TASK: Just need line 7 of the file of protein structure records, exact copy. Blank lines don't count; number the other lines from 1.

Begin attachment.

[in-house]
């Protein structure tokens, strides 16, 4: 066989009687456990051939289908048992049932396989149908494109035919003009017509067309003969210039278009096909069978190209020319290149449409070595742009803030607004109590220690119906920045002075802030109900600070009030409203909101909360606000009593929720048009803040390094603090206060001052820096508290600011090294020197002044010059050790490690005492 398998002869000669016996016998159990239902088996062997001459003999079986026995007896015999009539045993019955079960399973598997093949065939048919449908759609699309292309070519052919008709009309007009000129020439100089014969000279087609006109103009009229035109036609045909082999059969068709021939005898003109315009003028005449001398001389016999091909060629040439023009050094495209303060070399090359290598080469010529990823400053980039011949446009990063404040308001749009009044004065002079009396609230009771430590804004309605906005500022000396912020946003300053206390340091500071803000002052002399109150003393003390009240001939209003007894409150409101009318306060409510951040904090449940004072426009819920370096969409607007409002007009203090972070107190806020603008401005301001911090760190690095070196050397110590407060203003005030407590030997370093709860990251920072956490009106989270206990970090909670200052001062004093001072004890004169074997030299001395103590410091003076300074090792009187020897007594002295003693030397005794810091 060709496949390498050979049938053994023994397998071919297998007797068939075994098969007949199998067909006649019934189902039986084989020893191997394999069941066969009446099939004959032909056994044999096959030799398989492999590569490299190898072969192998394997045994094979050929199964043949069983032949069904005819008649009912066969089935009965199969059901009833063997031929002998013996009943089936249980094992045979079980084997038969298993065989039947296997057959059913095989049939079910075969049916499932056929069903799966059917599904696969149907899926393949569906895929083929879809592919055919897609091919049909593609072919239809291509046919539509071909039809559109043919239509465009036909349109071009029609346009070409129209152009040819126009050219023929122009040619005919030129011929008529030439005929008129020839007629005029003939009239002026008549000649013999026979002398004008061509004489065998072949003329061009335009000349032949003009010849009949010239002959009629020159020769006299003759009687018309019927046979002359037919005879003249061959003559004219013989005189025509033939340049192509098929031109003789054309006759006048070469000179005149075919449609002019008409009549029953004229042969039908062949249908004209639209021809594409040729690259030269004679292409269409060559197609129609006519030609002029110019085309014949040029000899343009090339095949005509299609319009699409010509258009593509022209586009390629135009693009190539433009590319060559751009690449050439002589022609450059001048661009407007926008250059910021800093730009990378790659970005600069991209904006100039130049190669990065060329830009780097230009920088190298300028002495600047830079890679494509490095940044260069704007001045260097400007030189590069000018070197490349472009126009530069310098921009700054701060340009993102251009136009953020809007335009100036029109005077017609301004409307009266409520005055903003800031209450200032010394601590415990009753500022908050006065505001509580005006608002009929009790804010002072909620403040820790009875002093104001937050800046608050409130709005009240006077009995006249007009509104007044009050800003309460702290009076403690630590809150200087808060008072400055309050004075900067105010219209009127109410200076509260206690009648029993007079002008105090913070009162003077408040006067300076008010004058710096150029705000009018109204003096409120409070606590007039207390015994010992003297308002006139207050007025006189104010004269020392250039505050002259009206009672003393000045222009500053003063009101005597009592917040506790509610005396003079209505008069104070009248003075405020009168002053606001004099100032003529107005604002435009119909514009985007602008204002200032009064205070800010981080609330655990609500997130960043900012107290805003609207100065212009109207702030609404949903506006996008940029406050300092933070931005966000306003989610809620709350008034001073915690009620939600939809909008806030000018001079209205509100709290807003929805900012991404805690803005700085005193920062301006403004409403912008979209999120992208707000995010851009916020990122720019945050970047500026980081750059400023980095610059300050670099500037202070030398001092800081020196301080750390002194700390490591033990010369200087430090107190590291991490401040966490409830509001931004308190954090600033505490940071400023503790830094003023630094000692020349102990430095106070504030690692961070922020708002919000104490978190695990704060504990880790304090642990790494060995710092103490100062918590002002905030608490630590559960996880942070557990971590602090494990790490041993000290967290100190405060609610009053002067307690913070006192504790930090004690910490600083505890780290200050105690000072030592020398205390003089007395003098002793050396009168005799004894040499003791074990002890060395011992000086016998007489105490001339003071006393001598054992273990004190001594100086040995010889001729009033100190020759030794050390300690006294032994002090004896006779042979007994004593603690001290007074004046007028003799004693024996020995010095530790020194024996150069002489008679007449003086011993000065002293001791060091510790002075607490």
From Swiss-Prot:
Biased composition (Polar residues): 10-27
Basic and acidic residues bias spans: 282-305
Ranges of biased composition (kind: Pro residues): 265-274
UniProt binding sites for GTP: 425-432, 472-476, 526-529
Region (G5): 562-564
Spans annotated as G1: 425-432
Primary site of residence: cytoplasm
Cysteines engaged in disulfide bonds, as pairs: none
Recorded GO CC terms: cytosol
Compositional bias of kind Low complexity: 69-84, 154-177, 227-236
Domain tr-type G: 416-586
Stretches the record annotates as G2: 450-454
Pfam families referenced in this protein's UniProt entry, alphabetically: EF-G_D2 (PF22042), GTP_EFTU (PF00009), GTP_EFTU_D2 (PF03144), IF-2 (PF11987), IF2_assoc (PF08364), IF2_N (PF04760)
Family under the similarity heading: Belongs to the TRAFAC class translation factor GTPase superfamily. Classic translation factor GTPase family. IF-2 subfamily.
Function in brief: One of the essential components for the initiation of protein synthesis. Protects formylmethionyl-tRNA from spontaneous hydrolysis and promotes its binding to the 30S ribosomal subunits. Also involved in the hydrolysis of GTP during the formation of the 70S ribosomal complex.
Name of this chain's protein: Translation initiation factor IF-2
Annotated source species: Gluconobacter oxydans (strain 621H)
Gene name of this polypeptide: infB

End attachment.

UniProt binding sites for GTP: 425-432, 472-476, 526-529